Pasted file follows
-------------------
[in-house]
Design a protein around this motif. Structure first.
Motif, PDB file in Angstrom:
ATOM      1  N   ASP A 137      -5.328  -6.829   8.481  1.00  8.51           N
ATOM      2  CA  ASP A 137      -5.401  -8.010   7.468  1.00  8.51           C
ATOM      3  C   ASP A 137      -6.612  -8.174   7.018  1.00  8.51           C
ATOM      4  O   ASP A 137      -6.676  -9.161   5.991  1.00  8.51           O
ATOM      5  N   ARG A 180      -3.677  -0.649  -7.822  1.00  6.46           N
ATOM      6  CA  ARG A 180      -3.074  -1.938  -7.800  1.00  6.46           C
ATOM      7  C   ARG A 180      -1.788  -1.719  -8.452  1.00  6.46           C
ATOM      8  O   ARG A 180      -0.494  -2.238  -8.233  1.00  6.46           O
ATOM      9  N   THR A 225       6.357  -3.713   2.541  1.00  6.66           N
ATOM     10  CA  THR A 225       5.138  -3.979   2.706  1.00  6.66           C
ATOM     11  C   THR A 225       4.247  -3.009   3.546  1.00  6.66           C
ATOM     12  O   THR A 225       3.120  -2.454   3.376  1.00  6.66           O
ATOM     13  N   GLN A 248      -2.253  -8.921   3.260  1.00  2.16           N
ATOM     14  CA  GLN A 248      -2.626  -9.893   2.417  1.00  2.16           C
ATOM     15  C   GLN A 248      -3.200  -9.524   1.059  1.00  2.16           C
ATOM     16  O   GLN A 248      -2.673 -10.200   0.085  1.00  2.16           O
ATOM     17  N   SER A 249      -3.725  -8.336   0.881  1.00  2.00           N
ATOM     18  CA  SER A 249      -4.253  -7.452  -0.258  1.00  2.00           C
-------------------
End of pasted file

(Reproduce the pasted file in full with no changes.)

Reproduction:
[in-house]
Design a protein around this motif. Structure first.
Motif, PDB file in Angstrom:
ATOM      1  N   ASP A 137      -5.328  -6.829   8.481  1.00  8.51           N
ATOM      2  CA  ASP A 137      -5.401  -8.010   7.468  1.00  8.51           C
ATOM      3  C   ASP A 137      -6.612  -8.174   7.018  1.00  8.51           C
ATOM      4  O   ASP A 137      -6.676  -9.161   5.991  1.00  8.51           O
ATOM      5  N   ARG A 180      -3.677  -0.649  -7.822  1.00  6.46           N
ATOM      6  CA  ARG A 180      -3.074  -1.938  -7.800  1.00  6.46           C
ATOM      7  C   ARG A 180      -1.788  -1.719  -8.452  1.00  6.46           C
ATOM      8  O   ARG A 180      -0.494  -2.238  -8.233  1.00  6.46           O
ATOM      9  N   THR A 225       6.357  -3.713   2.541  1.00  6.66           N
ATOM     10  CA  THR A 225       5.138  -3.979   2.706  1.00  6.66           C
ATOM     11  C   THR A 225       4.247  -3.009   3.546  1.00  6.66           C
ATOM     12  O   THR A 225       3.120  -2.454   3.376  1.00  6.66           O
ATOM     13  N   GLN A 248      -2.253  -8.921   3.260  1.00  2.16           N
ATOM     14  CA  GLN A 248      -2.626  -9.893   2.417  1.00  2.16           C
ATOM     15  C   GLN A 248      -3.200  -9.524   1.059  1.00  2.16           C
ATOM     16  O   GLN A 248      -2.673 -10.200   0.085  1.00  2.16           O
ATOM     17  N   SER A 249      -3.725  -8.336   0.881  1.00  2.00           N
ATOM     18  CA  SER A 249      -4.253  -7.452  -0.258  1.00  2.00           C